Dawn Dickson of PopCom
Dawn Dickson faced obstacles on a few fronts when raising capital for her business PopCom (a.k.a. Solutions Vending International). PopCom is at the forefront of retail with its automated technology platform for vending machines and kiosks that allows retailers to engage and understand customers, sell more products, and learn from big data.
Dawn doesn’t fit the Silicon Valley CEO stereotype, and she struggled to find investors. “It was very challenging in the beginning to convince investors that this was a viable, growing market. But I needed substantial capital to grow the business,” says Dawn.
Crowdfunding investment platform StartEngine, empowered Dawn, and other founders like her, to find the funding they need, as well as build community. We spoke with Senior VP of Fundraising, Josh Amster, and Iñaki Pedroarena-Leal, Head of Partnerships, as well as Dawn herself, to learn more about how StartEngines help founders' investment dreams come true.
Inherent biases in startup funding decisions
This lack of access to capital—and the inherent biases in many funding decisions—is something many founders experience. They can’t secure funding without the right connections. And if they do get funding, it comes with strings attached.
Iñaki Pedroarena-Leal, Head of Partnerships at StartEngine, has witnessed these inequities. “There are hundreds, if not hundreds of thousands, of startups that aren’t serviced. They’re good companies with good ideas. But for one reason or another, they don’t have access to the capital they need to grow, and so many cease to exist or fail to become the next big thing that changes the world.”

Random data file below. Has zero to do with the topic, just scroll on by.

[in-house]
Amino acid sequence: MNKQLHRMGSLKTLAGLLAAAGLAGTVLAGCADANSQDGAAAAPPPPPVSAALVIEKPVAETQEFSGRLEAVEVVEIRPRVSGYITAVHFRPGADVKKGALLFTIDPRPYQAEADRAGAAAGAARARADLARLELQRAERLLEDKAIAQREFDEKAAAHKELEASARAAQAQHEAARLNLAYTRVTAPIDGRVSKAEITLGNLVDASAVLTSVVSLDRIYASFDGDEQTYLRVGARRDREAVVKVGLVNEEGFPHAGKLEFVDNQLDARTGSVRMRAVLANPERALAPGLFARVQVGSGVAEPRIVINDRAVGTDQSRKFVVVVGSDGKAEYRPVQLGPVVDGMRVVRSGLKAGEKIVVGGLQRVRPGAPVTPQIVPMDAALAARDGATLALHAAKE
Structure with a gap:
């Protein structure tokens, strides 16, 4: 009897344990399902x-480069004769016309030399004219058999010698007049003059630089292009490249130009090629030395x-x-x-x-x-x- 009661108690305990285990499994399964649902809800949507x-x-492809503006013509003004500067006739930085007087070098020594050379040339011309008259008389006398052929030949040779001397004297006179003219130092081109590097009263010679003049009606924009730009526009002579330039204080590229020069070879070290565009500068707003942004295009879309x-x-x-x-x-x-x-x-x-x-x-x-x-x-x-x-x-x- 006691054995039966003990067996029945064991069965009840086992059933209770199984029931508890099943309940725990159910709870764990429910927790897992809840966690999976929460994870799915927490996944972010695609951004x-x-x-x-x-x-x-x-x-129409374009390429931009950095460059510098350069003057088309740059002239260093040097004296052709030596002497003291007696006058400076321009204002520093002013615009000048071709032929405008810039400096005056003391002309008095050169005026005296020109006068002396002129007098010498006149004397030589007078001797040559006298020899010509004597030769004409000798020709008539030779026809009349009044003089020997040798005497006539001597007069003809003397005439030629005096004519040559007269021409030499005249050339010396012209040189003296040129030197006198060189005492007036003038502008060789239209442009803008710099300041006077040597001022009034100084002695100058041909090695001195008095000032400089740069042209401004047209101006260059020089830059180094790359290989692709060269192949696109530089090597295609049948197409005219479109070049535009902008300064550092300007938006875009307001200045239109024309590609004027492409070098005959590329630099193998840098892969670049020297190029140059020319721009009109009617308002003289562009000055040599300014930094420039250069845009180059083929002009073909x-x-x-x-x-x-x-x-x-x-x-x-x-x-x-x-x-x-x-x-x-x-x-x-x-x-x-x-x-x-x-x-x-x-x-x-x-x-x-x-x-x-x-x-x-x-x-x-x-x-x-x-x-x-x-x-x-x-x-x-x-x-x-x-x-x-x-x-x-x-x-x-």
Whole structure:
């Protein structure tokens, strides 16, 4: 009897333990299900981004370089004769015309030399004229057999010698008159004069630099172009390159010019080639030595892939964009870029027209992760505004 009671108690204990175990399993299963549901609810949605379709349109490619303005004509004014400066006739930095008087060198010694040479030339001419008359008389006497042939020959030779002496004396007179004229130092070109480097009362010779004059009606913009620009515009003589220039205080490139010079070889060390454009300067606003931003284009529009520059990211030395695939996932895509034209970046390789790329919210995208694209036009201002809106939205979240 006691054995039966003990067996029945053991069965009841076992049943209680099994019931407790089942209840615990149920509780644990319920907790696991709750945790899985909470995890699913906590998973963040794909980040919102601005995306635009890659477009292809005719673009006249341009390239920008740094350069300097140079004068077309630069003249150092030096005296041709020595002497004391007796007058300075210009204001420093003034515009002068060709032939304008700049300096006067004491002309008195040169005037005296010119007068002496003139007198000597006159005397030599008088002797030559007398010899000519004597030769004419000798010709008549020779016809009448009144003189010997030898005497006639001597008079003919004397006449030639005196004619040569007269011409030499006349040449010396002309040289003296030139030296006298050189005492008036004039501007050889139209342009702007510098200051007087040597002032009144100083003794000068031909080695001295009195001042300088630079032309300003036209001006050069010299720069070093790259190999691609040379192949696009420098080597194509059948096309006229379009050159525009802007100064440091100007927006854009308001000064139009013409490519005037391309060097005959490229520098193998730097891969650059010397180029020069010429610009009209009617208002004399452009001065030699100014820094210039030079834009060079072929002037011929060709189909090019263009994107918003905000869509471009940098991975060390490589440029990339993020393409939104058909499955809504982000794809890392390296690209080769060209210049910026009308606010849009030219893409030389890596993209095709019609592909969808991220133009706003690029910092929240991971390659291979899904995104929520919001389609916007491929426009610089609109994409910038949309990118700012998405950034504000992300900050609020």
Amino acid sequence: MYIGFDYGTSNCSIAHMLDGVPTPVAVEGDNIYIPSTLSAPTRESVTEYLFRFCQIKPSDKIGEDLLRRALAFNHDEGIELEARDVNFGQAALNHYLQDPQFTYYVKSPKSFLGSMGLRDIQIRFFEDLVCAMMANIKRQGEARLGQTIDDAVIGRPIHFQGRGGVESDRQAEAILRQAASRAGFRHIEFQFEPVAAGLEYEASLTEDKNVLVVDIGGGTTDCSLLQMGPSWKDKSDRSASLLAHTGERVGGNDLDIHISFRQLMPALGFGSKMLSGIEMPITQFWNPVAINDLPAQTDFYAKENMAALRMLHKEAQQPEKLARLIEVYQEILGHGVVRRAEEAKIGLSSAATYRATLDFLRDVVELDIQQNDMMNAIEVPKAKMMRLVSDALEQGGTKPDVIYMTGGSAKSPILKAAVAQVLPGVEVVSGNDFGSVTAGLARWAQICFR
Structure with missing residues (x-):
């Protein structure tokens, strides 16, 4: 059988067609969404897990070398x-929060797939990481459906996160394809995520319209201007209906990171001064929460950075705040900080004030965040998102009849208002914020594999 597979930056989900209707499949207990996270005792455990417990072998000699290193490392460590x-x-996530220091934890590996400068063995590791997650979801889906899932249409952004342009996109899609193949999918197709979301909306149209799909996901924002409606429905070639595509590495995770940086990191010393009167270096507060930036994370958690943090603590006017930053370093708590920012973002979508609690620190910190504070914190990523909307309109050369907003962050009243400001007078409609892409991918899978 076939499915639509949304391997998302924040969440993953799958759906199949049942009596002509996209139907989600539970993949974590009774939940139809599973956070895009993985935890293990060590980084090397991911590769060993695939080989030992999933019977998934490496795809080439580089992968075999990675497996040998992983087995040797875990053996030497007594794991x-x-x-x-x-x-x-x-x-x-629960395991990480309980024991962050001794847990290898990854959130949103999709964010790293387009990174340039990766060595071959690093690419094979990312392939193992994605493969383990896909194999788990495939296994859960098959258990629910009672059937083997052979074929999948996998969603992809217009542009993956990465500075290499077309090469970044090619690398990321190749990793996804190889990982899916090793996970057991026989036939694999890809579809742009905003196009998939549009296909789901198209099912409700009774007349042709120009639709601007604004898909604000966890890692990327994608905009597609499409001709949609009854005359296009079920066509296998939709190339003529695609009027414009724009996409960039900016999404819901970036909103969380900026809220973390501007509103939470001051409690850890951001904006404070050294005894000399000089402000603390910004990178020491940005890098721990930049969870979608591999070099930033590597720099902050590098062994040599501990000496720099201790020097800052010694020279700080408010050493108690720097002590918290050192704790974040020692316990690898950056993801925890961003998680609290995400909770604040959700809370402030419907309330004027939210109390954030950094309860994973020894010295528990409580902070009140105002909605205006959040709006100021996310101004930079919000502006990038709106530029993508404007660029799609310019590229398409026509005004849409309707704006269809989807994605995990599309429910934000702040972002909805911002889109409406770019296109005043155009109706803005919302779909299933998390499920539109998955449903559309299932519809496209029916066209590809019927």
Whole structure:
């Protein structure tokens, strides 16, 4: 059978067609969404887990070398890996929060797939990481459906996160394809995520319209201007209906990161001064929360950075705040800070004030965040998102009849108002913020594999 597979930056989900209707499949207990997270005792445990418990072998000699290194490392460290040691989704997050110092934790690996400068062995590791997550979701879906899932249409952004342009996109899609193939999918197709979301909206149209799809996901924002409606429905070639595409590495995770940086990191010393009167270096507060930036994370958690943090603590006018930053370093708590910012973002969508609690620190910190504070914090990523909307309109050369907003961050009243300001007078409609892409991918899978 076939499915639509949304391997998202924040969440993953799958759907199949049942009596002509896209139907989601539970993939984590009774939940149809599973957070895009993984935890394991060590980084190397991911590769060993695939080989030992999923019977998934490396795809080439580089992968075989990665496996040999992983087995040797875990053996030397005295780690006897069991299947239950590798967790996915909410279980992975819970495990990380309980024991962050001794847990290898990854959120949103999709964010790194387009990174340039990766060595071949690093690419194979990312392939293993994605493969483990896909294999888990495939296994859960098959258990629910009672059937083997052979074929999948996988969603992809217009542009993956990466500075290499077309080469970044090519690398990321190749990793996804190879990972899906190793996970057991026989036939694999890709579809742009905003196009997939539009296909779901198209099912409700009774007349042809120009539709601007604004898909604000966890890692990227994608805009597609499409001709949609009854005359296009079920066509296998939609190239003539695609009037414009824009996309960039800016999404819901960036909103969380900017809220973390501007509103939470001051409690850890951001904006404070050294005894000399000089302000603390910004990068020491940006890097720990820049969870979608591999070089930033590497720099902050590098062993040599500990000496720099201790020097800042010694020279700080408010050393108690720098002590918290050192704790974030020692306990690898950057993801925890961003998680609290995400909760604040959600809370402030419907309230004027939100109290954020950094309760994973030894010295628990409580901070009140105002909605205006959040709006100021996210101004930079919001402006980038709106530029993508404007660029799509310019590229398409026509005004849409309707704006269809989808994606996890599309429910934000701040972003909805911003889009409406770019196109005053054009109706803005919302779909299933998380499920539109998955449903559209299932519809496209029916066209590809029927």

“There are hundreds, if not hundreds of thousands, of startups that aren’t serviced. They’re good companies with good ideas. But for one reason or another, they don’t have access to the capital they need to grow, and so many cease to exist or fail to become the next big thing that changes the world.”
— Iñaki Pedroarena-Leal, Head of Partnerships
Iñaki Pedroarena-Leal, Head of Partnerships
How traditional funding sources fail
Securing financial capital has long been a stumbling block for founders. Until recently, every source of capital came with significant drawbacks, whether banks, angel investors, accelerators, or venture capital firms (VCs).
Banks: beholden to debt
Banks are the most obvious source of capital, but that capital comes in the form of debt, which shackles the hands of founders. Whenever founders acquire debt, a portion of any money earned has to pay back a portion of that capital, plus interest—right when startups need to put every penny back into the business. “Debt can strangle early-stage startups,” says Josh. “It’s a big reason why many startups die or can’t grow as fast as they want.”
Angel investors: Limited resources
Angel investors are another potential source of funding for founders, but their resources are limited. “Angel investors don’t have unlimited access to capital,” says Josh. “So just when you’re ready to grow your business, your angel might not have any more money to put in.”
Additionally, angel investors may not have the right strategic connections to help the startup grow. “Sometimes, the person is a nightmare to work with or they can’t open the right doors,” says Josh.
Accelerators: Cost and competition
Dawn Dickson was able to secure a round of funding for PopCom through an accelerator program, but that’s not an option for every startup. Not only is the competition stiff, accelerators can also be costly. Typically, accelerators demand a percentage of a startup’s equity as the price of admission.